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Columnist Beatriz Báez explains her experience with language fatigue at Penn.

Credit: Oscar Vasquez

On my first day at Penn, I called my father in distress, telling him I needed to move back home and study there as I was going to die alone at this university. My father asked why, and I quickly responded, “I haven’t met anybody in three hours. I have no friends. It’s over for me.” 

That very same night, I went to a New Student Orientation event at Houston Hall. As I nervously paced the floor in my Crocs, I overheard some students speaking Spanish and immediately gravitated toward them. Confessing, “I heard Spanish, and I feel saved,” I ended up meeting three genuine individuals, all from various parts of Latin America. Having arrived in the United States, it felt comforting to hear voices that reminded me of home. This comfort is priceless in such a foreign environment.

All my life, I’ve taken courses in Spanish, spoken Spanish at home, and been berated by my grandmother whenever I spoke too much English. Arriving at Penn, I didn’t anticipate the struggle I would face taking classes taught in English, as I had been lucky enough to have been extensively taught English from a very young age.

But speaking in a second language most of the time, even as a fluent speaker, is incredibly draining. Meeting native Spanish speakers at Penn was truly a blessing. However, I have found that some people react adversely to me speaking my primary language. These are not continuous reactions of a high degree, but there have been enough small instances to mark me. 

On various occasions, I have had Latinx friends say, “Let’s speak English so X person doesn’t feel excluded,” or even resort to English for “convenience” when we’re alone. For the former, I understand the sentiment. I wouldn’t want someone to be excluded from a conversation in such a way. However, when I’m naturally speaking Spanish, having my speech interpreted as a personal offense is off-putting. 

In one instance, I met a student through a mutual friend on a night out. This friend and I speak fluent Spanish; the person I had just met did not. Throughout the night, I had various conversations with my new acquaintance — who I found quite amicable — and my friend. I would naturally speak Spanish with the latter, not thinking much of it. The next morning, my friend told me how the new acquaintance felt I hated them for speaking Spanish in front of them, knowing they didn’t speak the language. 

I was shocked by the assumption and, in all honesty, a little offended. I found it quite conceited that one would think another person is speaking in their first language to actively exclude them. Speaking in a first language, for me, is purely a relief issue. Although I am fluent in English, after an entire week of speaking it, it can be extremely draining; thus, particularly in a social setting, I don’t want to add to the exhaustion.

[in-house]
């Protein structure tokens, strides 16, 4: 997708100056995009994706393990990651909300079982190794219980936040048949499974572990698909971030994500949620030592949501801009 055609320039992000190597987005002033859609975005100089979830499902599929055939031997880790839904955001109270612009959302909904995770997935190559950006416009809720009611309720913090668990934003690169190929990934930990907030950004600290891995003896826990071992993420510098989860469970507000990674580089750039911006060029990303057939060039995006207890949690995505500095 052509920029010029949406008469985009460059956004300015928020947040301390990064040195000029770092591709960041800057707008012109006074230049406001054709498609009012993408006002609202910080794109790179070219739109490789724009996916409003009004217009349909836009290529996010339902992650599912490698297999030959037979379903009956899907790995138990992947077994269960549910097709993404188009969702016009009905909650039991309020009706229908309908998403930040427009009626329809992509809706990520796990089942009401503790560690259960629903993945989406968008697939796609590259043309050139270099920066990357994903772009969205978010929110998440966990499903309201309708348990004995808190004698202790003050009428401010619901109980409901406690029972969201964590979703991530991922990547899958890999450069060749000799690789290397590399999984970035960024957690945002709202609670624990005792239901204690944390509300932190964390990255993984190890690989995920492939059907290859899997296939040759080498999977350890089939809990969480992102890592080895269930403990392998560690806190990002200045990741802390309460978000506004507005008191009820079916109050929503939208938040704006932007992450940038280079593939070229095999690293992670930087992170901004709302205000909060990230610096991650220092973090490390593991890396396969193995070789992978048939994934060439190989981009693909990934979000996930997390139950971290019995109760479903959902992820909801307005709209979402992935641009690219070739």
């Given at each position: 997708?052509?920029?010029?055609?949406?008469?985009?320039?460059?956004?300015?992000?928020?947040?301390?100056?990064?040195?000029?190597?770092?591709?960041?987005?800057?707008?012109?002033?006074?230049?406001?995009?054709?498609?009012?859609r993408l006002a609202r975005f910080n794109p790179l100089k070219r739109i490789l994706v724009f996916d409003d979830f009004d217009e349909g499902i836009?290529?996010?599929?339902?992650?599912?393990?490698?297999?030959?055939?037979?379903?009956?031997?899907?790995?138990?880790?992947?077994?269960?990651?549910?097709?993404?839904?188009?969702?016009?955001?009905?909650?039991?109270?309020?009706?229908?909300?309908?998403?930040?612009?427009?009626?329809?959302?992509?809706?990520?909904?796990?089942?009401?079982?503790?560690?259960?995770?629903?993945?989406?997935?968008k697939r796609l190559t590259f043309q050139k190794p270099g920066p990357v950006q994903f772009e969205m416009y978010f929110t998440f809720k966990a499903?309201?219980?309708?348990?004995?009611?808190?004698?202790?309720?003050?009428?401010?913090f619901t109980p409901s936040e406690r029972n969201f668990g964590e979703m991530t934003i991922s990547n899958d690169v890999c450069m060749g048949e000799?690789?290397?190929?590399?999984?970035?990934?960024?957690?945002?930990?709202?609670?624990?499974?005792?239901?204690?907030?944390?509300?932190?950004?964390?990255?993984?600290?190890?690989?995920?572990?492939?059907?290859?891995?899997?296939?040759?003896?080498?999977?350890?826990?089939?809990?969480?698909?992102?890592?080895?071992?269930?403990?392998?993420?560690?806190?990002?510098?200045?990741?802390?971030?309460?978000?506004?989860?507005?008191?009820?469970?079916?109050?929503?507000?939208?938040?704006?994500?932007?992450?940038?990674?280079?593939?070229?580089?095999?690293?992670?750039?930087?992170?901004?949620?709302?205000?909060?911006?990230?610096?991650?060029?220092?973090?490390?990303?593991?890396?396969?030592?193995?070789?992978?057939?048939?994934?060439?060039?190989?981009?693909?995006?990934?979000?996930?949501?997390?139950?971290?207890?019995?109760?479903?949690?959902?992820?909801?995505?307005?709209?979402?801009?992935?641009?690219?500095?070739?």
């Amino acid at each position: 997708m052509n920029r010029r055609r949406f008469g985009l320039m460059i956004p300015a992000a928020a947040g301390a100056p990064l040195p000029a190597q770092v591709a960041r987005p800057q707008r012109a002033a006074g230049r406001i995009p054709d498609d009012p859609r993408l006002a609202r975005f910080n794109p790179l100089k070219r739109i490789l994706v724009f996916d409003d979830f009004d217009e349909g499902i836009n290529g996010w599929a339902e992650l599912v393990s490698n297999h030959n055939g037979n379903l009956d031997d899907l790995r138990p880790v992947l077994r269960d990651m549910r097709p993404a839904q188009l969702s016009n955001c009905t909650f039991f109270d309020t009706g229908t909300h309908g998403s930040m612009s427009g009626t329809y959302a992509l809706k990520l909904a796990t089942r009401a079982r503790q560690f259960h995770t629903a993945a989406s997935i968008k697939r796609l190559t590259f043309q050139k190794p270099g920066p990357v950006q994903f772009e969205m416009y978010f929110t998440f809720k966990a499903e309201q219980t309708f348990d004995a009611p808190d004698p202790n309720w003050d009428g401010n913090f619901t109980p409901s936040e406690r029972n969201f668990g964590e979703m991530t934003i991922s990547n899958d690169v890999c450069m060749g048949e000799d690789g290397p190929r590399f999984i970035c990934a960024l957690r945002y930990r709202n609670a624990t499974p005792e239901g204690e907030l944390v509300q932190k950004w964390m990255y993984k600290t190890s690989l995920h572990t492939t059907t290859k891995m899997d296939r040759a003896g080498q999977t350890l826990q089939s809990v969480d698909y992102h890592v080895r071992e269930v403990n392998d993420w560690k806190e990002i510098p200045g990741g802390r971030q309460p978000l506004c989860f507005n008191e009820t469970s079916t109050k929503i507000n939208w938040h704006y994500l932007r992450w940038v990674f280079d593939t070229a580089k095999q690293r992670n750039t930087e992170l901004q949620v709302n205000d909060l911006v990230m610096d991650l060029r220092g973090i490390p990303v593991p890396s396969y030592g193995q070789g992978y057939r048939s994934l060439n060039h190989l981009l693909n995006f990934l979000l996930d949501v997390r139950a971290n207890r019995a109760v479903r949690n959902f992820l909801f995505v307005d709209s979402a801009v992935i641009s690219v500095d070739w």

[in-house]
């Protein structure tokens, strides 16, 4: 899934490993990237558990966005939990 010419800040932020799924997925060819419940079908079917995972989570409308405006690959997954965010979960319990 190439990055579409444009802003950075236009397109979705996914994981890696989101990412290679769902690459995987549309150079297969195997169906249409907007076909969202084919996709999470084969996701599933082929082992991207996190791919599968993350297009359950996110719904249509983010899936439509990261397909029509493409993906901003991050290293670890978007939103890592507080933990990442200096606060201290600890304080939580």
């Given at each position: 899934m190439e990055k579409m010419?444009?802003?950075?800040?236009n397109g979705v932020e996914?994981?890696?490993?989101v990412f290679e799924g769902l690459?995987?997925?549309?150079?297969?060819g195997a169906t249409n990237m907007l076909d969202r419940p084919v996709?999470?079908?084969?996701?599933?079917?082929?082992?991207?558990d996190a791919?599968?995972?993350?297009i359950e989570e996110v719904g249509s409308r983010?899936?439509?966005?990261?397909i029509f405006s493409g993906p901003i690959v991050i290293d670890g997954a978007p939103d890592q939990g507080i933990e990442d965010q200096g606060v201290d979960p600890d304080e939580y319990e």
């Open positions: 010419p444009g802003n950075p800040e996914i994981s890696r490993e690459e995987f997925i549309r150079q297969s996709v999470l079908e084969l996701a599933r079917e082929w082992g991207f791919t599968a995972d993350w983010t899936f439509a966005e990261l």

It is more than fine to be curious about what somebody is saying and ask for a translation. However, immediately expressing discomfort upon hearing another language and presuming the other person is talking badly about you is inconsiderate toward them. More often than not, this language switch is for comfort. This was the first of sufficient instances that exposed a pattern in my time at Penn. In another class, I grew close to a few other Spanish-speaking students. One of them continuously suggested we switch back to English for seemingly no valid reason and would reply to any comment of mine in English. 

This harsh reality on campus expands into the club scene. In one instance, a native English speaker attended a club meeting primarily led in Spanish. Within this meeting, if club members asked questions in Spanish, any other members who answered quickly switched to English. Evidently, the intent is to have everybody be able to partake in conversation. However, members within a Spanish-led group should be able to detach from English formalities within club meetings, particularly if the club seeks to embrace Latinx heritage. 

Speaking in my primary language is the greatest manifestation of my culture, particularly since Spanish accents are so diverse throughout Latin America. Having to switch to English not only in academic settings but in seemingly every other sphere of Penn life further disconnects me from the culture I’ve been surrounded by my entire life until now. This applies to any person whose main language isn’t English, not only to Spanish speakers. 

Penn has students from over 100 countries, with around 19% of the student body being international. If one truly wants to immerse themselves in Penn’s multilingual community, one needs to recognize that a language barrier works both ways. Just as an English speaker may be tired from learning another language, a non-English speaker can be drained from constantly speaking English. It’s crucial to recognize that for the latter, multilingualism surpasses a simple language requirement and spills over to nearly every sector of their life at Penn. 

Language fatigue is a true reality, especially for individuals who haven’t learned English from a young age. Thus, if somebody within your social group is speaking their first language, which you are not fluent in, it does not give you the right to feel offended or urge them to speak in a tongue you understand. And, if you are a non-native English speaker, as much as you can, "habla en tu primer idioma y que los demás se ubiquen."

BEATRIZ BÁEZ is a College first year studying mathematics and political science from San Juan, Puerto Rico. Her email is